Anders Behring Breivik
Norwegian Anders Behring Breivik, the man accused of a killing spree and bomb attack in Norway, sits in the rear of a vehicle as he is transported in a police convoy leaving the courthouse in Oslo on July 25, 2011. A judge ordered eight weeks detention on Monday for Breivik who has admitted to a bombing and shooting massacre that killed about 90 people and who claimed in court to have two more groups of collaborators. Custody, in line with prosecutors' request, will allow them to investigate the case against Breivik, 32, an anti-Islamic zealot who has previously claimed sole responsibility for Friday's attacks. Reuters

The lawyer of a Norwegian who killed at least 76 people in a bombing and a shooting spree said on Tuesday his client appeared to be a madman.

Friday's attacks by Anders Behring Breivik traumatized normally peaceful Norway, which has been struggling to come to terms with its worst peace-time massacre of modern times.

"This whole case indicated that he is insane," Geir Lippestad said of the 32-year-old Breivik, who has confessed to "atrocious but necessary" actions, but denies he is a criminal.

The lawyer said it was too early to say if Breivik would plead insanity at his trial, adding that his client might oppose this as he felt that only he "understands the truth".

Lippestad said Breivik had stated he belonged to an anti-Islam network that has two cells in Norway and more abroad.

But police believe Breivik probably acted alone in staging his bloody assaults, which have united Norwegians in revulsion.

"He hates all Western ideas and the values of democracy ... he expects that this is the start of a war that will last 60 years. He looks upon himself as a warrior. He starts this war and takes some kind of pride in that," Lippestad said.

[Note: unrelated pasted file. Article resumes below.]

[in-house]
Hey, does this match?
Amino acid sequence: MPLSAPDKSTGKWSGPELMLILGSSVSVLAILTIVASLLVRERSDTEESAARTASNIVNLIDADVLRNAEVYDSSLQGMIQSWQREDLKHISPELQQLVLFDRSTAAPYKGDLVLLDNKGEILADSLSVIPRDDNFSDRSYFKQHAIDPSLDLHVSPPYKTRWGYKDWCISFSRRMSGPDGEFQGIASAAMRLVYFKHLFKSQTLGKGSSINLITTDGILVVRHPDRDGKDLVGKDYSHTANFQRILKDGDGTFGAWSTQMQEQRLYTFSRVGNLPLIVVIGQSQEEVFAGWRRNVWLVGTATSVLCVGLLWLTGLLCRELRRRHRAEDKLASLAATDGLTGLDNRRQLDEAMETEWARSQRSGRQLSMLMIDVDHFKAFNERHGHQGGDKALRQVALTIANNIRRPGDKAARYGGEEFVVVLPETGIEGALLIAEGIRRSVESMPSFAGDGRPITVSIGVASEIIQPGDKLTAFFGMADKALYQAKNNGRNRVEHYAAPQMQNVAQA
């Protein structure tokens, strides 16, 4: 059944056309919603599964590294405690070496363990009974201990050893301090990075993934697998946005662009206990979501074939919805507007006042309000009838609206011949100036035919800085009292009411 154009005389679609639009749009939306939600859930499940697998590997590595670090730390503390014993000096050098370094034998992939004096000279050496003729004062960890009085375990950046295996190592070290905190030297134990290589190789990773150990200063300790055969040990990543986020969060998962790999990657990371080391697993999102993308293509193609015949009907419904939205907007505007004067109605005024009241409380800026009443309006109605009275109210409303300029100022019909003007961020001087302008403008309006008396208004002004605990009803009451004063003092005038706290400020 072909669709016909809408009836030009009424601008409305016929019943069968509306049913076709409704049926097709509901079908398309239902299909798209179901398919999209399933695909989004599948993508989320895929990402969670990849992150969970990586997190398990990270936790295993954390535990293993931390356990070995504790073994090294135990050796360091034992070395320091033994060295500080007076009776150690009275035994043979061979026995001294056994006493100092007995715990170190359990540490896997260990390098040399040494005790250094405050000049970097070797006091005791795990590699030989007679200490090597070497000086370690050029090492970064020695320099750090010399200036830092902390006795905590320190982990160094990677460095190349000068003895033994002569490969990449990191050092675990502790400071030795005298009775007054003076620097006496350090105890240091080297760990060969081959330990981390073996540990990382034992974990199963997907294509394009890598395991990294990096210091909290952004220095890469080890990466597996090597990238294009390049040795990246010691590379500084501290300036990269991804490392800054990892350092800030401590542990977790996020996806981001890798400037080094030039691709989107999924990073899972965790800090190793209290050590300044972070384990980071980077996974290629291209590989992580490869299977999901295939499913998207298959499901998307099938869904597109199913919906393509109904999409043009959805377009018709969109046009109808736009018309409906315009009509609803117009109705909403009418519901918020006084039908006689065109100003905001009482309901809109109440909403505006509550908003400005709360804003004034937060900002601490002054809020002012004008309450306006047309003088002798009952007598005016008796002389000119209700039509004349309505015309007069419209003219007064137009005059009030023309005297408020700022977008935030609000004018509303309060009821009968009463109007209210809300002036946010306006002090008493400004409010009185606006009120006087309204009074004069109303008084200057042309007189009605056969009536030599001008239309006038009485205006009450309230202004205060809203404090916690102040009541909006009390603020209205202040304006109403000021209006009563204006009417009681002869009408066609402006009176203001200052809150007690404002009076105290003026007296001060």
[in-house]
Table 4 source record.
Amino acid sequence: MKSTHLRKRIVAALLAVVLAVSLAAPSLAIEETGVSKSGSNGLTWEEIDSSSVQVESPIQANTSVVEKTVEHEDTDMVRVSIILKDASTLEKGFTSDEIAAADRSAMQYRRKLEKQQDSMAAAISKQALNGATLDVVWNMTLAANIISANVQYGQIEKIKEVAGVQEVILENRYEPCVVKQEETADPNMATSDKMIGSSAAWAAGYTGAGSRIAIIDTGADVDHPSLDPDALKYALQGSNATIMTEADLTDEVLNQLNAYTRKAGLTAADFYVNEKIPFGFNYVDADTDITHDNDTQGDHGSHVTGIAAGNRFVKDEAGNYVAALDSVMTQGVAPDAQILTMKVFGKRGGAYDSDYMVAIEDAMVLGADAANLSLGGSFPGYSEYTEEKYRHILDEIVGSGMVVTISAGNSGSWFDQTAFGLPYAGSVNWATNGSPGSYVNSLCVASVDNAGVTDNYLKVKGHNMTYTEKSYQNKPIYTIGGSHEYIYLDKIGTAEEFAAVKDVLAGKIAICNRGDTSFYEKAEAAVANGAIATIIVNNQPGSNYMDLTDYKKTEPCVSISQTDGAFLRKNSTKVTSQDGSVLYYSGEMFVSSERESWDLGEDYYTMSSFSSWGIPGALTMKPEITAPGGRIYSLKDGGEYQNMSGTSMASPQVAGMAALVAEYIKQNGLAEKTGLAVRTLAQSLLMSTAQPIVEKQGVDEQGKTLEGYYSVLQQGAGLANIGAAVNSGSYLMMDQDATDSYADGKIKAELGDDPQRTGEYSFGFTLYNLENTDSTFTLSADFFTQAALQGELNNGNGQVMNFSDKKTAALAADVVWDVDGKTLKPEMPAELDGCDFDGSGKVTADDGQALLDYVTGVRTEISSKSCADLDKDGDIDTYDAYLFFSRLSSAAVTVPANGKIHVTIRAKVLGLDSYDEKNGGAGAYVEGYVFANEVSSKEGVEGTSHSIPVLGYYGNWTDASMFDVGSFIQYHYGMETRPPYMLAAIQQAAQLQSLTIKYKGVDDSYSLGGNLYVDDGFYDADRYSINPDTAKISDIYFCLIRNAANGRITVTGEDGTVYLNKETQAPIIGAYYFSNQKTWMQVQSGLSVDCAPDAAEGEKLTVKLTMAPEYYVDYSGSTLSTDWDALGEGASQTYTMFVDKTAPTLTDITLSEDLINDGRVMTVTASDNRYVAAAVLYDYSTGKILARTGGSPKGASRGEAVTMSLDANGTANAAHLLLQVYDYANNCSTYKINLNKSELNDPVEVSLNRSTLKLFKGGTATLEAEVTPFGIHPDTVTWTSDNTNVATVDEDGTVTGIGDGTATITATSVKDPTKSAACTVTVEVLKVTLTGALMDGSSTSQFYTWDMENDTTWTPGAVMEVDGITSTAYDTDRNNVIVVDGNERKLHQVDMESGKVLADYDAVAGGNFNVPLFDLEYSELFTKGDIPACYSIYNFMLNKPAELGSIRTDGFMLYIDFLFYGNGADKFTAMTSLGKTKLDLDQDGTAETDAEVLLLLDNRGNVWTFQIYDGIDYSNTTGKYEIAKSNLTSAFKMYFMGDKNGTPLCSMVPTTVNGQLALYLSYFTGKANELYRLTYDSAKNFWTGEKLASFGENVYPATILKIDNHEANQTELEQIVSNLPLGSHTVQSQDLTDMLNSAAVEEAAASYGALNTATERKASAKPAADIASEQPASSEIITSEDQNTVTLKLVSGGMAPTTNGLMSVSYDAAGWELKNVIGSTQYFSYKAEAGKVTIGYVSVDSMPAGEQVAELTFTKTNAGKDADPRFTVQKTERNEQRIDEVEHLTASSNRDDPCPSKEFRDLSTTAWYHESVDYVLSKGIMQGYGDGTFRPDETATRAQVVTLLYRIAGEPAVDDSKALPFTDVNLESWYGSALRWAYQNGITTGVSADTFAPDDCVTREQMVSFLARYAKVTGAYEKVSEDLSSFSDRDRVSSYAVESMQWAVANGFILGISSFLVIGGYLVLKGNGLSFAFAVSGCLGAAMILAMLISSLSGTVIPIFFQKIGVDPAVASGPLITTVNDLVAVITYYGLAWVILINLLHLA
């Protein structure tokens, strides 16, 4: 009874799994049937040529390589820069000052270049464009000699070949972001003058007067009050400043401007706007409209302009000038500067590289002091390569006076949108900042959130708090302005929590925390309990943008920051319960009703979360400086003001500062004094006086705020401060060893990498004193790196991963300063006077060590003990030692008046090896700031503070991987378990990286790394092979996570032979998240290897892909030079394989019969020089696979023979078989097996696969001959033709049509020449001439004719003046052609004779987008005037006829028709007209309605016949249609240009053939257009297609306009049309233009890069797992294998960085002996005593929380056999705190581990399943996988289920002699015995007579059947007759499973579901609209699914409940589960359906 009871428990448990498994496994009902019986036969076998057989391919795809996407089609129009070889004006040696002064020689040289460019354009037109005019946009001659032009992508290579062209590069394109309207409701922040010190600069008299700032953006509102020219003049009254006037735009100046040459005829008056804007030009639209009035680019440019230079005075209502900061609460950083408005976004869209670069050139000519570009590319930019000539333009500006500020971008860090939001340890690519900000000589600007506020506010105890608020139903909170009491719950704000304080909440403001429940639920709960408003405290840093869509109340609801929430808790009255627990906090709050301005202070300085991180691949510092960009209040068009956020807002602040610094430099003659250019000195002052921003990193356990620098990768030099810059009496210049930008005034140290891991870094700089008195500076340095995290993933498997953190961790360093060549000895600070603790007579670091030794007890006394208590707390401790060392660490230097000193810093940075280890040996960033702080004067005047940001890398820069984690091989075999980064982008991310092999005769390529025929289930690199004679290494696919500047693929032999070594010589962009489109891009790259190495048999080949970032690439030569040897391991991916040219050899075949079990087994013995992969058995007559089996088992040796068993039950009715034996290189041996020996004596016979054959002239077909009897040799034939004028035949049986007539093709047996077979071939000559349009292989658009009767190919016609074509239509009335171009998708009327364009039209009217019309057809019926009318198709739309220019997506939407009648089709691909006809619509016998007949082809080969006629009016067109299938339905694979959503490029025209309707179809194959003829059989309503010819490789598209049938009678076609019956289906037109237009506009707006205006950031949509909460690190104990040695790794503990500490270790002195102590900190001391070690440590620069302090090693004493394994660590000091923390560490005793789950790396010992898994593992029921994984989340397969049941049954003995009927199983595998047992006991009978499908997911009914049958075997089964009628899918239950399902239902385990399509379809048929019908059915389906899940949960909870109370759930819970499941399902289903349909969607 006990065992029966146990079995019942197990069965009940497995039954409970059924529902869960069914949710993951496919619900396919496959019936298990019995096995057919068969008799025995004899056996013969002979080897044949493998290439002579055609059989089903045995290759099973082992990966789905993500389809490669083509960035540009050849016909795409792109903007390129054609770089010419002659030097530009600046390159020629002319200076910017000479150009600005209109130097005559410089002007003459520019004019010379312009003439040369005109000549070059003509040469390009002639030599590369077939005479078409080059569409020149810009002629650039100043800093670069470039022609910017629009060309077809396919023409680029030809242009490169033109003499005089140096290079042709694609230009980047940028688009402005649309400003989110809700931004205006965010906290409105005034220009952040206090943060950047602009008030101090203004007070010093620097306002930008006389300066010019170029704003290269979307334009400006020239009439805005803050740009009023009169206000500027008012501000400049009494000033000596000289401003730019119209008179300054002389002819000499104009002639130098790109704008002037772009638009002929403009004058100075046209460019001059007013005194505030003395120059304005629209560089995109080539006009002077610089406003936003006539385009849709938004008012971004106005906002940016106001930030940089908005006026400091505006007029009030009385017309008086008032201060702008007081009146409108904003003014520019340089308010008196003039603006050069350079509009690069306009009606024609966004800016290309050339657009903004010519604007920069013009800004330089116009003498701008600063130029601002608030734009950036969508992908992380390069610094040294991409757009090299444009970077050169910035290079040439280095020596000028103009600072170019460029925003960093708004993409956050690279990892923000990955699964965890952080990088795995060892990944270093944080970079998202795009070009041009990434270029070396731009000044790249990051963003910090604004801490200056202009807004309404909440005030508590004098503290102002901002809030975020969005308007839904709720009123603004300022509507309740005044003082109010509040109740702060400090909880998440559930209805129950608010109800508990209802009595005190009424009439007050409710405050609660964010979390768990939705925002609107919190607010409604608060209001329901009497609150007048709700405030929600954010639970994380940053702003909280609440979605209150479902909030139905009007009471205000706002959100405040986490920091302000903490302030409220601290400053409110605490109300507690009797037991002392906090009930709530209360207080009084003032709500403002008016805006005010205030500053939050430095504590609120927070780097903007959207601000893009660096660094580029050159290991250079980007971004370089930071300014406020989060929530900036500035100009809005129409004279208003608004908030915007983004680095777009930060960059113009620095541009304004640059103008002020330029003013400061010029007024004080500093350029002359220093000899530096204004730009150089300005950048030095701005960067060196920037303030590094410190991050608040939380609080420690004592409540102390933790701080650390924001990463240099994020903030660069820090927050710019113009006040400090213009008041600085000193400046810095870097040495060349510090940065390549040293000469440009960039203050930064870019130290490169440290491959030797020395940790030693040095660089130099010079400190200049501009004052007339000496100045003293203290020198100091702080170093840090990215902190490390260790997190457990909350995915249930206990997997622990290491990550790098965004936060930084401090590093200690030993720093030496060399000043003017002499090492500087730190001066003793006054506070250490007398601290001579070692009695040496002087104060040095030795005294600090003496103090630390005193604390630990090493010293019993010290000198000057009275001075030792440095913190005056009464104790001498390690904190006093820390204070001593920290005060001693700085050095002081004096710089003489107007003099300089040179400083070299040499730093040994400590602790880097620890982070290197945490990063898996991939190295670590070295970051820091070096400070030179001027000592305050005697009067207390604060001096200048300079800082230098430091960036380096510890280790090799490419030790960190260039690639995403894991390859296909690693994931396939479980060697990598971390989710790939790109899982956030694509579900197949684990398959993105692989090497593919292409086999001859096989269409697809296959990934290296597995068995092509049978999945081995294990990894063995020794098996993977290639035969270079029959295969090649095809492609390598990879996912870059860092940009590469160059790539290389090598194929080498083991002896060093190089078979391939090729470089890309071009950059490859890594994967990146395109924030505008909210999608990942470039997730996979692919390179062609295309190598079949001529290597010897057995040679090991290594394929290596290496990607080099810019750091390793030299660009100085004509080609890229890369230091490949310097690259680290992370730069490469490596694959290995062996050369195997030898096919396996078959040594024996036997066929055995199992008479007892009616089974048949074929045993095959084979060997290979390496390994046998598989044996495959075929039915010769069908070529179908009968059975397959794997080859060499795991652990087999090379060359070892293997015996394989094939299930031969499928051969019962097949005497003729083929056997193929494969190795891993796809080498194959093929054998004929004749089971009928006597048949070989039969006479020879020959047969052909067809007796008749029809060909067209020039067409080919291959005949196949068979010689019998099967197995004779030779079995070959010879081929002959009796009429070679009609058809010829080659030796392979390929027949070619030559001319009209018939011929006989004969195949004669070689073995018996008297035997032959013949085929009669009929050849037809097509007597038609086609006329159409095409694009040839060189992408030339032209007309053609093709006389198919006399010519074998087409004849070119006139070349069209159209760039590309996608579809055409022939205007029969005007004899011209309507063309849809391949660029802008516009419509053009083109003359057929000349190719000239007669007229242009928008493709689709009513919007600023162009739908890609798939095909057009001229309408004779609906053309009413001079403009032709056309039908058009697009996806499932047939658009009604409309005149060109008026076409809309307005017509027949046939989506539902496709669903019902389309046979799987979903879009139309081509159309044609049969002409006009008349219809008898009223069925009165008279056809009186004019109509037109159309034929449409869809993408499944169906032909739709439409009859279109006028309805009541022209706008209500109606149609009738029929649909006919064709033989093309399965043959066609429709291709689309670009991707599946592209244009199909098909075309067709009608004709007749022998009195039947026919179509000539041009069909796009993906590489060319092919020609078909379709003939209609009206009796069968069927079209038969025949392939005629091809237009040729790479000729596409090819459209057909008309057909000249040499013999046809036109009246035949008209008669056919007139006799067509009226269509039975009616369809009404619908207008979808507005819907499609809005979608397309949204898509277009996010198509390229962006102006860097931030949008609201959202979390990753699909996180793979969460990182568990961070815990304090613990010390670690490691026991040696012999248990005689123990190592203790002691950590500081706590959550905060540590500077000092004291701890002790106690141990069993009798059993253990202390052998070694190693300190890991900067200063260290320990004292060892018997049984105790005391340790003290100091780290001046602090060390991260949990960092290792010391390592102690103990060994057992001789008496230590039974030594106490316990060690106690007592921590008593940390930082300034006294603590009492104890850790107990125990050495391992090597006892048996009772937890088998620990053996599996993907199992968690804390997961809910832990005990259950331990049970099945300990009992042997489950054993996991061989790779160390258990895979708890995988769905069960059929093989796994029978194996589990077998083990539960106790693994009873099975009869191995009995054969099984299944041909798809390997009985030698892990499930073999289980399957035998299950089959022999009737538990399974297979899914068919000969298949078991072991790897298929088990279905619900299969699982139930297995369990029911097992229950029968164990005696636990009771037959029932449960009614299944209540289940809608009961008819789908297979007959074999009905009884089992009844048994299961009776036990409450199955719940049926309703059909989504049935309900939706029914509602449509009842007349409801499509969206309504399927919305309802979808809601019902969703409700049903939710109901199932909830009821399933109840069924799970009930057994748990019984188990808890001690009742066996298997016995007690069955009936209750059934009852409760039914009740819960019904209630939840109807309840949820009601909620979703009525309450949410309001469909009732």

Lippestad, a member of the Labour party whose youth wing was the target of shooting rampage on an idyllic island, said he would quit if Breivik did not agree to psychological tests.

"He has a view of reality that none of the rest of us share," said Lippestad.

He was previously best known for defending a right-winger who in 2002 got 17 years in prison for the racially motivated murder of Benjamin Hermansen, 15, whose father was African.

Justice Minister Knut Storberget deflected criticism that police had reacted too slowly to the shooting massacre, hailing as "fantastic" their work after the attacks.

"It is very important that we have an open and critical approach...but there is a time for everything," Storberget told reporters after talks with Oslo's police chief.


An armed SWAT team took more than an hour to reach Utoeya island, where Breivik was coolly shooting terrified youngsters at a Labour Party youth camp. He killed 68 there and eight in an earlier bombing of Oslo's government district.

Storberget also denied police had ignored threats posed by right-wing zealots in Norway, saying: "I reject suggestions that we have not had the far-right under the microscope."

Many Norwegians seem to agree the police do not deserve opprobrium for their response. At a march of more than 100,000 in Oslo on Monday night, people applauded rescue workers.

The streets were full of red and white roses left after the rally, Norway's biggest since World War Two.

Norwegian newspapers published pictures and names of some of those killed on the island northwest of Oslo. The youngest was 14. Many were teenagers or in their early 20s.